The main purposes of this conference was to assemble a collection of original thinkers and social scientists to exchange ideas from a variety of perspectives and social science disciplines and ponder lessons on the political, economic and social changes that have taken place in the past quarter of a century.

As the 25th anniversary of the fall of Communism in Albania approaches, it’s time to assess what has changed since then in this once most rigid Communist society of Europe. The University of New York Tirana Institute for Studies on Democracy and Development marked this anniversary with reflections on the historic events of December 1990, as well as the lead-up to—and the aftermath of—the collapse of the Communist system in Albania. We assembled in an international conference in Tirana a collection of original thinkers and social scientists to exchange ideas from a variety of perspectives and social science disciplines and ponder lessons on the political, economic and social changes that have taken place in the past quarter of a century.


In Albania, as in most post-communist societies of Central and Eastern Europe, a number of problems pertaining to political, economic and social transformation have an urgency that is still unmatched by social science research. The response to such problems has by and large been disappointing and many of them continue to be neglected and under-researched. Therefore, one of the purposes of the conference will be to promote the exchange of ideas and experiences on issues of a common interest among scholars and practitioners from various East European societies.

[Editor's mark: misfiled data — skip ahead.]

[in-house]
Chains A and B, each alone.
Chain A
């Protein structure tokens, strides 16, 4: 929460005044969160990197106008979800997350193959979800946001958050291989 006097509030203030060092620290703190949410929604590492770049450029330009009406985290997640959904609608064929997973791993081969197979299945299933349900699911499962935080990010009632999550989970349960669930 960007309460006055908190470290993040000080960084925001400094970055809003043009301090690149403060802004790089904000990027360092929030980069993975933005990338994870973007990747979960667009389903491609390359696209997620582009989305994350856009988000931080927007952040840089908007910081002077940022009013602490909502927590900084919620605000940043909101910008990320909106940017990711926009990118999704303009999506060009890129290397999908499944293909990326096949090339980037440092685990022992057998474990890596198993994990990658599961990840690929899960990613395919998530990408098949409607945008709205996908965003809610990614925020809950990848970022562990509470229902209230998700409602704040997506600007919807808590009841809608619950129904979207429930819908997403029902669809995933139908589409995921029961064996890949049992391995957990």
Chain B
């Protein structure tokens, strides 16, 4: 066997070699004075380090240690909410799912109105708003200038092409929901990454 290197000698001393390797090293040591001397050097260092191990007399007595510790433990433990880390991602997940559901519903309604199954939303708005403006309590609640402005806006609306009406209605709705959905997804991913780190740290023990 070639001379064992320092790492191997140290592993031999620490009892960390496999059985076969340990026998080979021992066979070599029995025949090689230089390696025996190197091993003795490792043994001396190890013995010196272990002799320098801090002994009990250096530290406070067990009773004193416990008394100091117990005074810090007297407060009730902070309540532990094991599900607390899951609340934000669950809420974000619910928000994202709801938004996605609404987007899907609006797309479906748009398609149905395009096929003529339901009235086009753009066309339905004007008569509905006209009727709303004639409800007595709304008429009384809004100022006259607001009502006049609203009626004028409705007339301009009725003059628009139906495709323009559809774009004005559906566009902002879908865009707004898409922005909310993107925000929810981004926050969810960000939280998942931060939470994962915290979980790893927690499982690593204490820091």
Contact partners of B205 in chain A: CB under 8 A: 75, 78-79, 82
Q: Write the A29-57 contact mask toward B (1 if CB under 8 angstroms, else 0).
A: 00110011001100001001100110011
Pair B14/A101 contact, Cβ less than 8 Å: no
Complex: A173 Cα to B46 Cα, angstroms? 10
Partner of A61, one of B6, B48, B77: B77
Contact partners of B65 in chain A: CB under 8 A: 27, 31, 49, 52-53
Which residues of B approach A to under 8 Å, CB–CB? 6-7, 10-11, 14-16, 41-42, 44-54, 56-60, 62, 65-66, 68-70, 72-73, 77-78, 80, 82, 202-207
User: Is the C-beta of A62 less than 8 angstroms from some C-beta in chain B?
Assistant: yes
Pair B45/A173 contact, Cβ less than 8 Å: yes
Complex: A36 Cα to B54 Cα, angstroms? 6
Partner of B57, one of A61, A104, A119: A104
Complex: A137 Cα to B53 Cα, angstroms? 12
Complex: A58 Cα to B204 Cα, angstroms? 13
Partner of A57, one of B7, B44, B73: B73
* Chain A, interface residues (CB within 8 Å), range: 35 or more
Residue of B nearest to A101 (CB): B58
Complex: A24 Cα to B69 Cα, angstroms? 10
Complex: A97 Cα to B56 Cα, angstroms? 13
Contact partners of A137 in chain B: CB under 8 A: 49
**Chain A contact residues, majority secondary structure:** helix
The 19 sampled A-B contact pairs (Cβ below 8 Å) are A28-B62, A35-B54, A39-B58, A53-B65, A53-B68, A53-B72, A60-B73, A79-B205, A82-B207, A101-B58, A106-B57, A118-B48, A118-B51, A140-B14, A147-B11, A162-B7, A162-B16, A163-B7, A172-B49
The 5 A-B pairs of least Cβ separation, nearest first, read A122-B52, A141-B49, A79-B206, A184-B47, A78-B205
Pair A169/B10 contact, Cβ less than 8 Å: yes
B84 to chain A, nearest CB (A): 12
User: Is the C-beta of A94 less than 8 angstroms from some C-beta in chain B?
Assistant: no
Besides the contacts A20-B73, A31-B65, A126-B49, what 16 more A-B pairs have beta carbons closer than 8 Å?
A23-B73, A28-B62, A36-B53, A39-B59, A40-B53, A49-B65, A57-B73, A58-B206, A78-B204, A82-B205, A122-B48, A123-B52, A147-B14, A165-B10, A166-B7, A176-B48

As a kickoff event (on Friday, November the 27th, 2015), UNYT was honored to have as keynote speakers in this conference two of the most renowned scholars on democratic transitions in our days: Prof. Claus Offe (Germany) and Prof. Michael Kennedy (USA). Claus Offe, currently Emeritus Professor at the Hertie School of Governance, Berlin, is a major international figure in social science, a prominent representative of the tradition of Critical Theory of the Frankfurt School and one of the world’s leading political sociologists. Prof. Offe’s address to the conference was titled “Revisiting Transitions: Pathways and Obstacles”. Michael Kennedy is one of the most influential American theorists of the democratic transitions in Central and Eastern Europe, currently Professor of Sociology and International Relations at Brown University, one of the eight Ivy League universities in the U.S. Prof. Kennedy’s address to this event is titled “What Was 20th Century Transition Culture and What Has Come Next?”.  

 

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